My dad’s way of dealing with challenging situations in life – most recently, aging – is to face them head-on with humor.
In recent years, he has started referring to himself as “the Relic from Another Era,” followed by a hearty chuckle.
I sometimes forget that he’s 91.
And then something happens that reminds me. Recently, for example, I came across a photo of him as a little boy wearing a sailor suit. Yes, it was the 1920s, and yes, it was the height of fashion for boys to be dressed that way. But frankly he looks like Lady Mary Crawley’s little darling son in “Downton Abbey.” Talk about a relic from another era!
“Your grandmother insisted on dressing me in those awful sailor suits,” he complains, then laughs. “I hated them!”
Hated them so much, in fact, that when he decided to enlist in the Armed Services, he chose Army over Navy. “No way was I going to wear a sailor suit,” he recalls with a smile.
He’s not so sure that his generation was “The Greatest” but he adds, “We were pretty darned good, I guess!” Lately, as a way of dealing with the fact that his Army buddies have passed away one by one, he’s been calling himself, “The Greatest Remnant, hahaha!”
Indeed, when he talks about the war is when I remember, with a shock, how old he is. Recently he was sharing his war experiences with someone at a doctor’s office. The part that sounded especially antiquated was when he mentioned that his training in the Army started in 1942 and included “horse drawn artillery.”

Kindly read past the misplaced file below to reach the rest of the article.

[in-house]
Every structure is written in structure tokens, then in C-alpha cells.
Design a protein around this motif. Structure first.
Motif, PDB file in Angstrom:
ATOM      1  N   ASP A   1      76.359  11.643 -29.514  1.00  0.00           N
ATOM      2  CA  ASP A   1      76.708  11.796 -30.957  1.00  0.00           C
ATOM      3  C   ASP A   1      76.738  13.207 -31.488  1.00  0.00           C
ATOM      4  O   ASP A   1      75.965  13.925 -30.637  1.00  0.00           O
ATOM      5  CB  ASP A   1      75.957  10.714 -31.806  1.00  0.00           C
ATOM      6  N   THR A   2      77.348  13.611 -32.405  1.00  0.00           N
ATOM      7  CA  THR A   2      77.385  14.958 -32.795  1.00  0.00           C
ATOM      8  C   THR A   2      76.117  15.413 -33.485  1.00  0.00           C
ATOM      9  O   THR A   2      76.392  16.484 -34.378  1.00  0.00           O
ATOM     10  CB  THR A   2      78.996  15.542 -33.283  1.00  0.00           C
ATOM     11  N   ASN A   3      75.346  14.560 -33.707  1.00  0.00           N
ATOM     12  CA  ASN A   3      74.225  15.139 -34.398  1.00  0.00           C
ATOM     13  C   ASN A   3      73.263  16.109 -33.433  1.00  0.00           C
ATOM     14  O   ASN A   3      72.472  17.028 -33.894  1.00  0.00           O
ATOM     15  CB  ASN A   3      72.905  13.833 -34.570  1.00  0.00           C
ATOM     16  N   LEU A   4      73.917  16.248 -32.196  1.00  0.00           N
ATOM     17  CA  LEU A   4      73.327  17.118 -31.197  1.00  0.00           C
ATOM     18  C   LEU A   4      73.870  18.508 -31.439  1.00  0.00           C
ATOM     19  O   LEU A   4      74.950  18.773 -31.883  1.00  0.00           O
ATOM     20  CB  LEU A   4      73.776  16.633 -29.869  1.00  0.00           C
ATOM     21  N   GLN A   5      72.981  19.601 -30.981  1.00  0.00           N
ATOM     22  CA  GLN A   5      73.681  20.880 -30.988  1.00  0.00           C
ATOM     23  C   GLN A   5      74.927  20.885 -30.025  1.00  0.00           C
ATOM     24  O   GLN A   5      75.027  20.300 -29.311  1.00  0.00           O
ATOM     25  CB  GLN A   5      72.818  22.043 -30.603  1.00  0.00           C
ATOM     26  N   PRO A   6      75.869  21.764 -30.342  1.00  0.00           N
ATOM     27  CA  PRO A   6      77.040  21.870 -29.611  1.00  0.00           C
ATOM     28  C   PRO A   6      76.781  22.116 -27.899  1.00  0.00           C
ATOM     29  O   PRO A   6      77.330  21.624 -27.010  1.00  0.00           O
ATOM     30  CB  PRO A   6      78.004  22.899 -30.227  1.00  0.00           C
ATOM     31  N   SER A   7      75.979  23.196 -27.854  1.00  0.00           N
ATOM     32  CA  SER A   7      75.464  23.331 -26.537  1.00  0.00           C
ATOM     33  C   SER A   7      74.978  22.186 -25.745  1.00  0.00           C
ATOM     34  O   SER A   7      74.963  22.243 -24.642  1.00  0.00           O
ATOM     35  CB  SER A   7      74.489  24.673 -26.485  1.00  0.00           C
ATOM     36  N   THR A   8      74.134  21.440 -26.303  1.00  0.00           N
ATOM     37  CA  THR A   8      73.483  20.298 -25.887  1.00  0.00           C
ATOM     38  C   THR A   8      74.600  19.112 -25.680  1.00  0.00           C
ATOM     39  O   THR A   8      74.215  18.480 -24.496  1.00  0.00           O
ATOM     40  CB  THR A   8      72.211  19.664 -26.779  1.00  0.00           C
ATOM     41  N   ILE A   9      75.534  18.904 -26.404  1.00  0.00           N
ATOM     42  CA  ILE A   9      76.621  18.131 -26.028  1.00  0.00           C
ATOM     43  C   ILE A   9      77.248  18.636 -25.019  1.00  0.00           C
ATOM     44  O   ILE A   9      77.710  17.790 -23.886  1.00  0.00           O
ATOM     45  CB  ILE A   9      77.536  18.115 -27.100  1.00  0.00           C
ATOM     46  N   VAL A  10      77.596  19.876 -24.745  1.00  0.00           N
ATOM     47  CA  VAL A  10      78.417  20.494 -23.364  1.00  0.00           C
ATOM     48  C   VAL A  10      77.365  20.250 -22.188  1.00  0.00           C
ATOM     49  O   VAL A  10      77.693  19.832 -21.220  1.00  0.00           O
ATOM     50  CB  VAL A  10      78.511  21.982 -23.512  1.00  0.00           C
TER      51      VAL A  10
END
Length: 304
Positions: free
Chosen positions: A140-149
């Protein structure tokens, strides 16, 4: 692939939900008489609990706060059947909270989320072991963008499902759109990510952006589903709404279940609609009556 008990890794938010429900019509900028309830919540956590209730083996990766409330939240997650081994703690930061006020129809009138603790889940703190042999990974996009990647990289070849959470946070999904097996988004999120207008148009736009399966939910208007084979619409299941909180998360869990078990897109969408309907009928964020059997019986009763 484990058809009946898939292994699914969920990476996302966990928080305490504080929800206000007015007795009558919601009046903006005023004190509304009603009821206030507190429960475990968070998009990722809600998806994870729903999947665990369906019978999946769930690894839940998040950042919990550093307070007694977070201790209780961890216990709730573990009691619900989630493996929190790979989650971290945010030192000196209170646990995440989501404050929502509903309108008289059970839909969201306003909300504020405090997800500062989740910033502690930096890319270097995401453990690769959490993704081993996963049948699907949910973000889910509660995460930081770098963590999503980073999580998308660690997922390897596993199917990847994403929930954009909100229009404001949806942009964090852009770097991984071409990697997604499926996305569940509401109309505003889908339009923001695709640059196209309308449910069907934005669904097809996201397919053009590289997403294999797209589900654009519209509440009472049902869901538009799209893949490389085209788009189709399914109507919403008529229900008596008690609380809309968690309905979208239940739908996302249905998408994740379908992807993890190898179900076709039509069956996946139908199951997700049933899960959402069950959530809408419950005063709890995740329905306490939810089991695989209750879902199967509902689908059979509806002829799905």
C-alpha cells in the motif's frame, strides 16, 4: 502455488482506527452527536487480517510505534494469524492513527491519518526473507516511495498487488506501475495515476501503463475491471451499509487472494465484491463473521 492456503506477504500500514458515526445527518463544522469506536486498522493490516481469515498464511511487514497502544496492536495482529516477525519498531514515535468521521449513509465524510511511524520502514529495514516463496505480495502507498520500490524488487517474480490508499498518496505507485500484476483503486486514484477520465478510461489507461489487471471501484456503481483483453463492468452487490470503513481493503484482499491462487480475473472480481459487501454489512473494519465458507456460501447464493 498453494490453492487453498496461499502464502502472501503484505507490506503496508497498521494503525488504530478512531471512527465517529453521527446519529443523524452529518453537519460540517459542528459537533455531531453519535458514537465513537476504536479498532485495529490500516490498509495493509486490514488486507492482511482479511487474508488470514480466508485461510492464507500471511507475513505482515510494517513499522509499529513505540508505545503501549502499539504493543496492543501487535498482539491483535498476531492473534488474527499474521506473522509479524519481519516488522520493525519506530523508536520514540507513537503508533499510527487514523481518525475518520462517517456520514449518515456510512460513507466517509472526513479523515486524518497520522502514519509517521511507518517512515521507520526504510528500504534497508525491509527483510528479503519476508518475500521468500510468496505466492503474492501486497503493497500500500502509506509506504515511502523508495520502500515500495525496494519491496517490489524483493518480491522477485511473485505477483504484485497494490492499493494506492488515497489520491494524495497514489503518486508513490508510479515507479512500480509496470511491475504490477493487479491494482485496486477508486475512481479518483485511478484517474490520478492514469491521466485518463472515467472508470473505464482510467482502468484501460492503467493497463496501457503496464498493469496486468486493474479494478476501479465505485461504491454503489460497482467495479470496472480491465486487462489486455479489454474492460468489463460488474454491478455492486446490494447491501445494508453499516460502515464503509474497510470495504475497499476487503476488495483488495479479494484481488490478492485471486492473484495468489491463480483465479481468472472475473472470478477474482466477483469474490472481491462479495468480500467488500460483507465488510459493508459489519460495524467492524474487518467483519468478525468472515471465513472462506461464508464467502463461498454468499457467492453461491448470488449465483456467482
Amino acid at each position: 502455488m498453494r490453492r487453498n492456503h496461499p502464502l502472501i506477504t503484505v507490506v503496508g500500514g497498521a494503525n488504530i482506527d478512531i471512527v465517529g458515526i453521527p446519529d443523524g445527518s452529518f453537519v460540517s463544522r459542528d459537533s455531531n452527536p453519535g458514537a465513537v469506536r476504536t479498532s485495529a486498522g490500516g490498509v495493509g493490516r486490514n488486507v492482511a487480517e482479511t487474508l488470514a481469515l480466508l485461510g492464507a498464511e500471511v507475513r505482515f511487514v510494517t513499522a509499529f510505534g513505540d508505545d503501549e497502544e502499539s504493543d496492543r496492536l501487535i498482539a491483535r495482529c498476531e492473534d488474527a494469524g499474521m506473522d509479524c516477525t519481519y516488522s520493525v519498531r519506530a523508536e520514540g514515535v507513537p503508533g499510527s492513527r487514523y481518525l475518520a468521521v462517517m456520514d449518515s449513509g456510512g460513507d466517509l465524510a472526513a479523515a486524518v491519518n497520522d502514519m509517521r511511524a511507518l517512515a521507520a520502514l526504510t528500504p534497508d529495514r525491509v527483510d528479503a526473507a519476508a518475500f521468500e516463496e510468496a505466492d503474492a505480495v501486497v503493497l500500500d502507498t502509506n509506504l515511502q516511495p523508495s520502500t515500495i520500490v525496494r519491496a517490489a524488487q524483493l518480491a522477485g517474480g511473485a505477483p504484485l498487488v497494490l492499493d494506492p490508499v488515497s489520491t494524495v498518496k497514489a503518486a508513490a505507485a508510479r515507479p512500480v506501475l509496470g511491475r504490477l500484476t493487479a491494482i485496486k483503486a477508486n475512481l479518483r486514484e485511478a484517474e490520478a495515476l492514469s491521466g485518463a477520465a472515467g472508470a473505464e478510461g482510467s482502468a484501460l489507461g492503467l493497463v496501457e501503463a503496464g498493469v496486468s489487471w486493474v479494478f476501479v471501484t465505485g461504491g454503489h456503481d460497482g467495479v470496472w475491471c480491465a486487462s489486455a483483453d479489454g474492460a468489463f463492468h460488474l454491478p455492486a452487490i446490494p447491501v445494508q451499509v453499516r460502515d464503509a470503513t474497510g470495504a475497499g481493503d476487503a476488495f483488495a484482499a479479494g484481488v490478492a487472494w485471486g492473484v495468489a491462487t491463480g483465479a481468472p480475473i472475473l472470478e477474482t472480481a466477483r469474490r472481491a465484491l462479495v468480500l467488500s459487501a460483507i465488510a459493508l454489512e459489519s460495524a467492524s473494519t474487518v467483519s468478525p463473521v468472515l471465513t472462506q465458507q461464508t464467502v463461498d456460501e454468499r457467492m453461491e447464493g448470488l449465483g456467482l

You have to admit, that sounds rather quaint. Horse drawn artillery?
But to me, he’s still the same man who patiently read to me from my favorite picture books. He taught me how to ride a bicycle and a thousand other things, such as how to sail, canoe, start an outboard motor, write my first resume, and drive a car.
When I was six and lost a baby tooth, then accidentally let it slip through my fingers and down the sink drain, it was Dad who came up with the idea to write a letter to the tooth fairy, explaining the situation.
Although I was the youngest of four, and most of my friend’s fathers were quite a bit younger than him, he was an energetic and involved dad. Unique among the dads in our neighborhood in the 1960s, he would go trick or treating with us – and wore a wolf mask. (If any mean boys tried to scare my sister or me, he would howl and leap out from behind a tree. How cool is that?)
I can recall those days as if they occurred last week. Dad is not the same spry, athletic person he was. But he’s still Dad.
Same laugh. Same blue eyes.
And same great outlook on life.
Happy Father’s Day to the Greatest Remnant, and all of the great dads out there!